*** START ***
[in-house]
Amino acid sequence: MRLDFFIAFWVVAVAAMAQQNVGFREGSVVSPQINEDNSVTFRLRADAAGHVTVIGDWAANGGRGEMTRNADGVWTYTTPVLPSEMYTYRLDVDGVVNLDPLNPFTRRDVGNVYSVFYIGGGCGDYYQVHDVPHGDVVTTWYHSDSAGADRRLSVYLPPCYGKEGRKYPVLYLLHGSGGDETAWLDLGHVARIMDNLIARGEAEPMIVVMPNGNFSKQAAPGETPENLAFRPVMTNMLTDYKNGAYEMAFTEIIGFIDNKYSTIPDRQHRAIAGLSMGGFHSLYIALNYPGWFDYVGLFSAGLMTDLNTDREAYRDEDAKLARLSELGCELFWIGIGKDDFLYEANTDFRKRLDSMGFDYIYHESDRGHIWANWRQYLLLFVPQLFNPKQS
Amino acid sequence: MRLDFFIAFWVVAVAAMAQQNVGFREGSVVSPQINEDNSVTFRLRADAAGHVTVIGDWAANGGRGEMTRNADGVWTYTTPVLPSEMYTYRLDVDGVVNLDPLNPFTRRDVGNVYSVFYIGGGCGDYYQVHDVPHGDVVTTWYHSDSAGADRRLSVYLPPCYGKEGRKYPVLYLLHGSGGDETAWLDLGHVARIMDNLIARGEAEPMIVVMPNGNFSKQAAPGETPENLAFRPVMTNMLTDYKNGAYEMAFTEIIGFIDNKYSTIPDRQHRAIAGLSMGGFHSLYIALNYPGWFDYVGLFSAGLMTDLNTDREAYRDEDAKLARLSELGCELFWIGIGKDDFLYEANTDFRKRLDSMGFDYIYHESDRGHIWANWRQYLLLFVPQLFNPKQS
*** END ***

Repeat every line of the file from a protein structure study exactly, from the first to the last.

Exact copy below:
[in-house]
Amino acid sequence: MRLDFFIAFWVVAVAAMAQQNVGFREGSVVSPQINEDNSVTFRLRADAAGHVTVIGDWAANGGRGEMTRNADGVWTYTTPVLPSEMYTYRLDVDGVVNLDPLNPFTRRDVGNVYSVFYIGGGCGDYYQVHDVPHGDVVTTWYHSDSAGADRRLSVYLPPCYGKEGRKYPVLYLLHGSGGDETAWLDLGHVARIMDNLIARGEAEPMIVVMPNGNFSKQAAPGETPENLAFRPVMTNMLTDYKNGAYEMAFTEIIGFIDNKYSTIPDRQHRAIAGLSMGGFHSLYIALNYPGWFDYVGLFSAGLMTDLNTDREAYRDEDAKLARLSELGCELFWIGIGKDDFLYEANTDFRKRLDSMGFDYIYHESDRGHIWANWRQYLLLFVPQLFNPKQS
Amino acid sequence: MRLDFFIAFWVVAVAAMAQQNVGFREGSVVSPQINEDNSVTFRLRADAAGHVTVIGDWAANGGRGEMTRNADGVWTYTTPVLPSEMYTYRLDVDGVVNLDPLNPFTRRDVGNVYSVFYIGGGCGDYYQVHDVPHGDVVTTWYHSDSAGADRRLSVYLPPCYGKEGRKYPVLYLLHGSGGDETAWLDLGHVARIMDNLIARGEAEPMIVVMPNGNFSKQAAPGETPENLAFRPVMTNMLTDYKNGAYEMAFTEIIGFIDNKYSTIPDRQHRAIAGLSMGGFHSLYIALNYPGWFDYVGLFSAGLMTDLNTDREAYRDEDAKLARLSELGCELFWIGIGKDDFLYEANTDFRKRLDSMGFDYIYHESDRGHIWANWRQYLLLFVPQLFNPKQS